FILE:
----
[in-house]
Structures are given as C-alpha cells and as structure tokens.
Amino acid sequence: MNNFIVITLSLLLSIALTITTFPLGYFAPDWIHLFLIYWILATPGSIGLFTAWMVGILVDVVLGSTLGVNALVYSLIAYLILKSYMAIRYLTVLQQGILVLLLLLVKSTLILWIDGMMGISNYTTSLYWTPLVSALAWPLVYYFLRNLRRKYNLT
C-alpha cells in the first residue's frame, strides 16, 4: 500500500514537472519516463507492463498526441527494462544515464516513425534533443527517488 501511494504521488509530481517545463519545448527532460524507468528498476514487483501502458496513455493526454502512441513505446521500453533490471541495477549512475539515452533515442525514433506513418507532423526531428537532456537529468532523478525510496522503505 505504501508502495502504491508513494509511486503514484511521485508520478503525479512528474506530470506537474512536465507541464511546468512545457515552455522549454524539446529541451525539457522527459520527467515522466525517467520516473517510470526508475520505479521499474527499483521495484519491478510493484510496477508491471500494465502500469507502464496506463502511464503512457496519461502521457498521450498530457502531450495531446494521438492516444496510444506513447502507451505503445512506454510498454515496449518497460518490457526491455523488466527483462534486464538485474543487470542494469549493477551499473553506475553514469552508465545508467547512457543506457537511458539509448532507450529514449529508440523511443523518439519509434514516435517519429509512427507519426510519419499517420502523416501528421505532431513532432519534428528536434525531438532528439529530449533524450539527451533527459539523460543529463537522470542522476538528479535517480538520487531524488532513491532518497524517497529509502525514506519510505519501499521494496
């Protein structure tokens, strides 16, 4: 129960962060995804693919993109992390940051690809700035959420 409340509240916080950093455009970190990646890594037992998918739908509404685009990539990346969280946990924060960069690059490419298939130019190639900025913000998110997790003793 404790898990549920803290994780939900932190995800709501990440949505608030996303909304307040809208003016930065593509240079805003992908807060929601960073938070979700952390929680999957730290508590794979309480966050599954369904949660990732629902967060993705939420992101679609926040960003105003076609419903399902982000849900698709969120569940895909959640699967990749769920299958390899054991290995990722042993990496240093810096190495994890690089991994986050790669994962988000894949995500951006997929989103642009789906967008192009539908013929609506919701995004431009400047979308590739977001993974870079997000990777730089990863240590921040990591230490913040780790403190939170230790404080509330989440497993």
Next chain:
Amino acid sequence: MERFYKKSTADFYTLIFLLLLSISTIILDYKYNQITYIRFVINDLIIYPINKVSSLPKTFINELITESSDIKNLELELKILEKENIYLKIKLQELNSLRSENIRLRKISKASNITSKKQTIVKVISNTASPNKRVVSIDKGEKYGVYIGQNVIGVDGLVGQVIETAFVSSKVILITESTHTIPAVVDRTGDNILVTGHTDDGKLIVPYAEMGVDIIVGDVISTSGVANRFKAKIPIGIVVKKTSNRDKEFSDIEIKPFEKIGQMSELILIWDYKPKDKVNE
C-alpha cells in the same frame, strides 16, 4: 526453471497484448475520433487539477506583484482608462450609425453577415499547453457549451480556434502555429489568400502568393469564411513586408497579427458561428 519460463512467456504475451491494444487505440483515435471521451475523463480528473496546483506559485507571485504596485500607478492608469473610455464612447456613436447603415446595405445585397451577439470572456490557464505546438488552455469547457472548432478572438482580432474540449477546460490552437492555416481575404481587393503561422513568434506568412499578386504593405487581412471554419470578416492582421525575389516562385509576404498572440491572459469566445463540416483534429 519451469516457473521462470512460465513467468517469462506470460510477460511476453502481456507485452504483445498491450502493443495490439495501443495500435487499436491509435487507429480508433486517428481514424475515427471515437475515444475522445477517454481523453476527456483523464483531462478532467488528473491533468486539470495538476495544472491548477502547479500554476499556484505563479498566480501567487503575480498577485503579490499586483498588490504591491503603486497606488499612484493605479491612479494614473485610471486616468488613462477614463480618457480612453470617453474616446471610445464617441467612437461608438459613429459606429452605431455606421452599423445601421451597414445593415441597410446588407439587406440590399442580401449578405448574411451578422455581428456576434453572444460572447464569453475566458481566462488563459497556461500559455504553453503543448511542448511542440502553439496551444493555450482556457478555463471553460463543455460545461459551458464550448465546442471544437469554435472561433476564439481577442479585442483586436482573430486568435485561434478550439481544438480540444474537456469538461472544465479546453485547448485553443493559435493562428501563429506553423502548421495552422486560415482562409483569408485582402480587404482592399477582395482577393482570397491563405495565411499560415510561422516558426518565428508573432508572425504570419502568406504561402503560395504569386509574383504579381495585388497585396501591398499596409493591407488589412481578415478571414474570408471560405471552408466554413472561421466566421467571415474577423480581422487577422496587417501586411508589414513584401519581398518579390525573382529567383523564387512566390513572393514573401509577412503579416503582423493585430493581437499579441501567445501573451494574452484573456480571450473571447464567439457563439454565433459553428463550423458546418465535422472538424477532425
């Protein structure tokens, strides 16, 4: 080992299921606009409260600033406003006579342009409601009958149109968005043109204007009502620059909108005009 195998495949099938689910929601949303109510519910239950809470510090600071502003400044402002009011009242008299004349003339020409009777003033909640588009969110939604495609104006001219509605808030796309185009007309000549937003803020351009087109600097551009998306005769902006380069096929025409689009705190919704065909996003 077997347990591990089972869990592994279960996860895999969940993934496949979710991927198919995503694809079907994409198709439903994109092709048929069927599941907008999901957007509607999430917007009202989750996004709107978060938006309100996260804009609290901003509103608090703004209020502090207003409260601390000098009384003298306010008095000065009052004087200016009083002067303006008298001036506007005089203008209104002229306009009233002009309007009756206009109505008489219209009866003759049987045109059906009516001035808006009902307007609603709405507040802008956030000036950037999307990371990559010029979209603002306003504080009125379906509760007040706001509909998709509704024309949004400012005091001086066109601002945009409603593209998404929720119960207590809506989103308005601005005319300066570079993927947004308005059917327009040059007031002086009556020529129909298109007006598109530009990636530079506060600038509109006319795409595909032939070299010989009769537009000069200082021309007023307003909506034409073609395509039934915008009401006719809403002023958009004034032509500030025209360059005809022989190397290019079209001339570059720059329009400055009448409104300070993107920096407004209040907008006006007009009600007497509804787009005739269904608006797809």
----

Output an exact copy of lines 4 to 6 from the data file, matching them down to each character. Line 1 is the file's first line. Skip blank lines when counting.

C-alpha cells in the first residue's frame, strides 16, 4: 500500500514537472519516463507492463498526441527494462544515464516513425534533443527517488 501511494504521488509530481517545463519545448527532460524507468528498476514487483501502458496513455493526454502512441513505446521500453533490471541495477549512475539515452533515442525514433506513418507532423526531428537532456537529468532523478525510496522503505 505504501508502495502504491508513494509511486503514484511521485508520478503525479512528474506530470506537474512536465507541464511546468512545457515552455522549454524539446529541451525539457522527459520527467515522466525517467520516473517510470526508475520505479521499474527499483521495484519491478510493484510496477508491471500494465502500469507502464496506463502511464503512457496519461502521457498521450498530457502531450495531446494521438492516444496510444506513447502507451505503445512506454510498454515496449518497460518490457526491455523488466527483462534486464538485474543487470542494469549493477551499473553506475553514469552508465545508467547512457543506457537511458539509448532507450529514449529508440523511443523518439519509434514516435517519429509512427507519426510519419499517420502523416501528421505532431513532432519534428528536434525531438532528439529530449533524450539527451533527459539523460543529463537522470542522476538528479535517480538520487531524488532513491532518497524517497529509502525514506519510505519501499521494496
């Protein structure tokens, strides 16, 4: 129960962060995804693919993109992390940051690809700035959420 409340509240916080950093455009970190990646890594037992998918739908509404685009990539990346969280946990924060960069690059490419298939130019190639900025913000998110997790003793 404790898990549920803290994780939900932190995800709501990440949505608030996303909304307040809208003016930065593509240079805003992908807060929601960073938070979700952390929680999957730290508590794979309480966050599954369904949660990732629902967060993705939420992101679609926040960003105003076609419903399902982000849900698709969120569940895909959640699967990749769920299958390899054991290995990722042993990496240093810096190495994890690089991994986050790669994962988000894949995500951006997929989103642009789906967008192009539908013929609506919701995004431009400047979308590739977001993974870079997000990777730089990863240590921040990591230490913040780790403190939170230790404080509330989440497993």
Next chain: